The Norwegian medical startup projects HoloCare and Illumie were present at South by Southwest in Austin, Texas.
After a cancellation in 2020, and an online-only version in 2021, South by Southwest was back this year to it’s full, pre-pandemic glory, showcasing the trends and technologies influencing our collective future. One of this year’s themes was imagining society in the year 2050, with many presentations focusing on the potential of NFTs, blockchain, and the Metaverse. I had the privilege of sitting down with the developers of two exciting projects. They are harnessing the power of augmented reality (AR) to advance the fields of health and medicine.
At Wanderlust Wine Co. in downtown Austin, over the course of three days, Nordic creators highlighted their work through presentations and interactive demonstrations. On Wednesday afternoon, Illumie founders Ingri Skogsrød and Jelmer Verhoog stood at the podium and opened their presentation with a detailed description of their visual appearance, “I am a white female, early-thirties, wearing a black t-shirt and black jeans”, Jelmer followed suit. A curious but captivating intro, this was the lead into their presentation on Illumie, an award-winning project that uses AR technology to improve the lives of blind and visually impaired people.
Illumie was born from a global innovation competition at Sopra Steria and is intended to facilitate meaningful exploration for the visually impaired. Their primary product, ‘Shield’ runs on a smartphone, detects and identifies objects in the vicinity using LiDAR, and then relays this information to the wearer through both auditory and haptic feedback. The auditory cues are built into the existing iOS accessibility functionality that users are familiar with and thus are able to listen to, at incredible speed, providing significantly more information than by using a traditional mobility cane alone, and empowering the visually impaired to navigate their surroundings with confidence.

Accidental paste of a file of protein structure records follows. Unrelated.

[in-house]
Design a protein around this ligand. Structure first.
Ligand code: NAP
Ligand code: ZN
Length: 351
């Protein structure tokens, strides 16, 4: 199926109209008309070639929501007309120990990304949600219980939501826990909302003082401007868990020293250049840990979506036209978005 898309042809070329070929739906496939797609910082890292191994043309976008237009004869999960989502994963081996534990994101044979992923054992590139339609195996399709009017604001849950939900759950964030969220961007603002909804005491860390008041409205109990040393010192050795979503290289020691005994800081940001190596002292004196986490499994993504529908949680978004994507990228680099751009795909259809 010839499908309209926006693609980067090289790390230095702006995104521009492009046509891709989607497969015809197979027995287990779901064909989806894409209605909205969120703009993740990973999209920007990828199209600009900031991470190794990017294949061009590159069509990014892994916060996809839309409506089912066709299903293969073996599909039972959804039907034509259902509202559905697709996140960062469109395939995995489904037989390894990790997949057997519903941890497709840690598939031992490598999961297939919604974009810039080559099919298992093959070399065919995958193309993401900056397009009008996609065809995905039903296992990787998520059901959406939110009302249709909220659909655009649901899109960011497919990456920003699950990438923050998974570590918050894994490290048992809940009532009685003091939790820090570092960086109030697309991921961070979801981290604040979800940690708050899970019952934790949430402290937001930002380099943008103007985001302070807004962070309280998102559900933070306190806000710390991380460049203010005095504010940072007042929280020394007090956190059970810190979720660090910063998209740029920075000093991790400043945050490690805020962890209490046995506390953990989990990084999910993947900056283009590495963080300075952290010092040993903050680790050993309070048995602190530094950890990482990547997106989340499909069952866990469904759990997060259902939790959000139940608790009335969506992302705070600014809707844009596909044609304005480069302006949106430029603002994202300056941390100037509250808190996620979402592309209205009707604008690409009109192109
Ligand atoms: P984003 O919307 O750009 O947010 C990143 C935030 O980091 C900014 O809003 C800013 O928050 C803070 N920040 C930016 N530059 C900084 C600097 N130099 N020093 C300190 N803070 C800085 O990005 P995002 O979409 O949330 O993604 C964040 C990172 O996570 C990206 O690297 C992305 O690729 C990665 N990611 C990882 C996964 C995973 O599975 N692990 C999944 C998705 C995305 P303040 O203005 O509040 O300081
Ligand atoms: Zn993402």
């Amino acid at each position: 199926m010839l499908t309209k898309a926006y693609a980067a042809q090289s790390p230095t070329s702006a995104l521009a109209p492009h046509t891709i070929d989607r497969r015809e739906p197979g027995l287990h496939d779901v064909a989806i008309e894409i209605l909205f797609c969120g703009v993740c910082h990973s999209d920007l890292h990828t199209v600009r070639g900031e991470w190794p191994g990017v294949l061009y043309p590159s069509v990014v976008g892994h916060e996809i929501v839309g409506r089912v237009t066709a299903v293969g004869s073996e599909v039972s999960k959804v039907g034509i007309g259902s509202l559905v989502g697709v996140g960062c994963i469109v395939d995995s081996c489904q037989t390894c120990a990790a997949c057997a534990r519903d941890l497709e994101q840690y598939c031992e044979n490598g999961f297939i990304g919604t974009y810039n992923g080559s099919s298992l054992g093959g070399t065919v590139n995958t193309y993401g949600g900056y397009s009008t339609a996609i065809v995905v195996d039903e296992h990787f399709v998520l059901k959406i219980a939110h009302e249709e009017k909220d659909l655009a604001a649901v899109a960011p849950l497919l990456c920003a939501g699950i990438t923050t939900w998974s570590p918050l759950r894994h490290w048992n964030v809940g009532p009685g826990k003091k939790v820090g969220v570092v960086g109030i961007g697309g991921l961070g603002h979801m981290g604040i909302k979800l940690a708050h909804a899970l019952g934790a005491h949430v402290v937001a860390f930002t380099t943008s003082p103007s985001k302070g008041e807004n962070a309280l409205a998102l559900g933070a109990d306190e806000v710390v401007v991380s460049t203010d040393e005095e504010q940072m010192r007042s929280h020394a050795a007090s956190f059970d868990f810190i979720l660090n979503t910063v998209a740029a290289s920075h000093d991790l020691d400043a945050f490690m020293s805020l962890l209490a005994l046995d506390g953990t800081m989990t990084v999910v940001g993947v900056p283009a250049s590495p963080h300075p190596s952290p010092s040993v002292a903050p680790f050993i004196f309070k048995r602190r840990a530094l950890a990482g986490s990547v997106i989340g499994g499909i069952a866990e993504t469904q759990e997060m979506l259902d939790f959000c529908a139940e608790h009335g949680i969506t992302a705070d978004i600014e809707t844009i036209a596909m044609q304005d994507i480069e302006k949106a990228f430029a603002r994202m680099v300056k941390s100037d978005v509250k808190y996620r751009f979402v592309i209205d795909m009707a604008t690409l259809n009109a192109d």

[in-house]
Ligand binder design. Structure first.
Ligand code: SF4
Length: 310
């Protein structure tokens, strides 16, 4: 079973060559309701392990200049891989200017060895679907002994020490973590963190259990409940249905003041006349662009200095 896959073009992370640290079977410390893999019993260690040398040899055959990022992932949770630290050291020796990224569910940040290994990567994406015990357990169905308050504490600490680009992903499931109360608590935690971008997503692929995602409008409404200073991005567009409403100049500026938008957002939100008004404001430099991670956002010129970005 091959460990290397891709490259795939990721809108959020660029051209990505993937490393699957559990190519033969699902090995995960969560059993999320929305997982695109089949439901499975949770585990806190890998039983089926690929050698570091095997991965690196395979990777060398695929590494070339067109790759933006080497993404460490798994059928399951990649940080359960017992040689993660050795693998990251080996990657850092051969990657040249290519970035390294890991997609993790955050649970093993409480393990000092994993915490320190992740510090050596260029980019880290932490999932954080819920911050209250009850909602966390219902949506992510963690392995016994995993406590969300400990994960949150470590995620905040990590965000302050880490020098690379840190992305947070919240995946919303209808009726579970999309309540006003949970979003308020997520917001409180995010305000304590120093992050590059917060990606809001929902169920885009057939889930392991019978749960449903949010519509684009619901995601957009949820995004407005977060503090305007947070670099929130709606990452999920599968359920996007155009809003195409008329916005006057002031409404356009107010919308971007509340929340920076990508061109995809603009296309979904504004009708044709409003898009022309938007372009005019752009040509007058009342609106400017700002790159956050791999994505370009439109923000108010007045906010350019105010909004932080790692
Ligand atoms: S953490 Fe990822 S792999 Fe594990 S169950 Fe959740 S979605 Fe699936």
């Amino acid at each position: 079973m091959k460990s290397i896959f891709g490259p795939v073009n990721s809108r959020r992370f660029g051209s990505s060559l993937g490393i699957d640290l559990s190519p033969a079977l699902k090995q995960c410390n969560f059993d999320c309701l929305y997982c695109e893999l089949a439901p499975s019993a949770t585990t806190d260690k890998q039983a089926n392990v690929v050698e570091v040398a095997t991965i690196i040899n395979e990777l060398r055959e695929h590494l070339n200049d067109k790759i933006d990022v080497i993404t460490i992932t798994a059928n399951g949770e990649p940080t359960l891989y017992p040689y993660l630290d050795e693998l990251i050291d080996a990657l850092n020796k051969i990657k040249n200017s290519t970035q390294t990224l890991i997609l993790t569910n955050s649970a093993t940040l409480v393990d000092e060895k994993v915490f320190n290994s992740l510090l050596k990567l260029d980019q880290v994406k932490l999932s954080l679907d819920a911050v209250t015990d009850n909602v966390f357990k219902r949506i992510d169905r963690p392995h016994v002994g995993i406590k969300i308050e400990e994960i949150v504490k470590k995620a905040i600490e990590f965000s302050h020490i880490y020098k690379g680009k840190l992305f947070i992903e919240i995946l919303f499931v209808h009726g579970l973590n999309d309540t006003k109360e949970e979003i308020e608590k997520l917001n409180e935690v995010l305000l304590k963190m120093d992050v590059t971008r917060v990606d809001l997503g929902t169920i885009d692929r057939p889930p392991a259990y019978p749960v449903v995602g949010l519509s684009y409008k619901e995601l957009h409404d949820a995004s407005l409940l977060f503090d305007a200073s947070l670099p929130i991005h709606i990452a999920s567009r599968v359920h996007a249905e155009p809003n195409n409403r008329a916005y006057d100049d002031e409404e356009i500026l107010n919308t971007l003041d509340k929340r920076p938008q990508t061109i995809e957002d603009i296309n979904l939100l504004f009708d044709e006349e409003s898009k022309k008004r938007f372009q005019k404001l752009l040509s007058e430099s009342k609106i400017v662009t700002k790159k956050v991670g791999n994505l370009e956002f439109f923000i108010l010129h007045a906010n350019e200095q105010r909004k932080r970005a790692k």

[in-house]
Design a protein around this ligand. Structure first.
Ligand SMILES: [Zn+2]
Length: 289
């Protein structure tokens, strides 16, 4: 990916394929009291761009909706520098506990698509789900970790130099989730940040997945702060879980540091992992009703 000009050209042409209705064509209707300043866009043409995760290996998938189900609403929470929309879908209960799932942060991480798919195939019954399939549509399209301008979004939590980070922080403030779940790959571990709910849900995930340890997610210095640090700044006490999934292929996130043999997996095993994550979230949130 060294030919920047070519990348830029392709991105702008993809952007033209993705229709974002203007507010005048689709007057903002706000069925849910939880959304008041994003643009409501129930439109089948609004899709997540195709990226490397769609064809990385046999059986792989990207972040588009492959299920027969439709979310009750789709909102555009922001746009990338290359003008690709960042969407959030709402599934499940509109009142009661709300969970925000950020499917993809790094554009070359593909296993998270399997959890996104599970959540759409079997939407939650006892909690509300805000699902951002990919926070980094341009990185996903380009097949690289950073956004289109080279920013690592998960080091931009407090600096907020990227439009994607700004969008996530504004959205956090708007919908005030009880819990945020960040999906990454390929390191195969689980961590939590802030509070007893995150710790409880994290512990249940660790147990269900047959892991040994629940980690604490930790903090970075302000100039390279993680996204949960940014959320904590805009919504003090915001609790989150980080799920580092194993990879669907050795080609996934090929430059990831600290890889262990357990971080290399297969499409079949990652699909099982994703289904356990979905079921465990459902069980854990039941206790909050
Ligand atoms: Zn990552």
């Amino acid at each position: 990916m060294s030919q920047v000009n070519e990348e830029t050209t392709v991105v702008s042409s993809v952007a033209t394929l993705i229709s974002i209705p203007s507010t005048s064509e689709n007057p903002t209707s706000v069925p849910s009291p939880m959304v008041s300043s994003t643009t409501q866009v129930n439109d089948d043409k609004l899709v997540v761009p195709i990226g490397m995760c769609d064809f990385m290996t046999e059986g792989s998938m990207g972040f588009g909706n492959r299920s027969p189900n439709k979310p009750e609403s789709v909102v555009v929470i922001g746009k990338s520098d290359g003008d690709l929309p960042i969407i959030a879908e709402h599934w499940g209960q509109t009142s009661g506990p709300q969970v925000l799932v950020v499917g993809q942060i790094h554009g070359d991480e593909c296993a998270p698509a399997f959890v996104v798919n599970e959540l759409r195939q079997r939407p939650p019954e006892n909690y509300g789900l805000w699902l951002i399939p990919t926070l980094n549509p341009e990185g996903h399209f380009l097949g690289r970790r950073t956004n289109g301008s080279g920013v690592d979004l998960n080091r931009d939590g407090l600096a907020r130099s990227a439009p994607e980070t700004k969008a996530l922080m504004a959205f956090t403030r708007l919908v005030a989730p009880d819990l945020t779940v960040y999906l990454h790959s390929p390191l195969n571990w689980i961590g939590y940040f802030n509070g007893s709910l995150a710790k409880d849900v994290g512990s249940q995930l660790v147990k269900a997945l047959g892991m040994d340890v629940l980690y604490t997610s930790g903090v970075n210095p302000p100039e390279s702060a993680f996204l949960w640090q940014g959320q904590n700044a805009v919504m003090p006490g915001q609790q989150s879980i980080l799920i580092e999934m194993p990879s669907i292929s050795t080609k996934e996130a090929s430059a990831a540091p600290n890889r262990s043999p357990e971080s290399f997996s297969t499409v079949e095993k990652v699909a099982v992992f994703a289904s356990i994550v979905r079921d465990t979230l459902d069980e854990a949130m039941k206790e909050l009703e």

The second AR project presented was HoloCare, a technology that is transforming the process how surgeons see and engage with medical images. Wearing an AR headset called a HoloLens 2, Product Manager and Service Designer, Dag Otto Christensen, demonstrated how HoloCare can fuse together a 3D anatomical model of a patient’s heart with the 2D CT scan images of a patient’s body. With some hand gestures, Christensen demonstrated how the system also allows the user to turn, enlarge, and inspect the 3D model floating in front of them, a capability usually seen only in some sci-fi movies.
Through their partnership with Oslo University Hospital, HoloCare’s first application is intended to help teams of surgeons in the pre-surgical planning process. Often today in these pre-surgical treatment planning meetings, a cross-functional team of clinicians will review traditional 2D images such as CT and MRI, and 3D models that are displayed on a 2D screen. The challenge that HoloCare is looking to address is that, although surgeons are very skilled at effectively generating the 3D model in their minds, there is room for different experts to have slightly different interpretations. “By using a holographic image of the CT images to get a common view of the whole organ, clinicians can discuss the different structures, with interaction, and agree on the challenge, and how to approach it. That is really valuable.” states Christensen.
Consistent between both teams, they emphasized the importance of the direct feedback from the end user during the development process. For Illumie, this meant transitioning away from a stand-alone AR device, to instead incorporating the system into the user’s smart phone. “Having something exist and having it be nice to use are two very different things”, stated Skogsrød regarding the feedback that having another device that a user would need to carry and charge was not entirely practical. For HoloCare, Christensen identified the side-by-side collaboration with clinicians to be the most important element to ensure that what they design creates value within the clinical workflow.
Augmented reality, a technology most familiar to us now through games such as Niantic’s Pokémon GO, is fueling innovations in the health and medicine sectors. Never before a visually impaired person has been able to independently intuit their surroundings with such ease and accuracy, nor have teams of surgeons been able to so directly interact with holographic representations of their patients’ physiology, but with the power of augmented-reality and artificial intelligence these advancements are on the horizon. As stated by Prof. Wolfram Lamadé, a clinician collaborating with HoloCare, “it feels like Star Trek”, and I am excited for that future.
HoloCare is currently seeking FDA approval, and Illumie is accepting people into their pilot program on their website, https://www.illumie.no.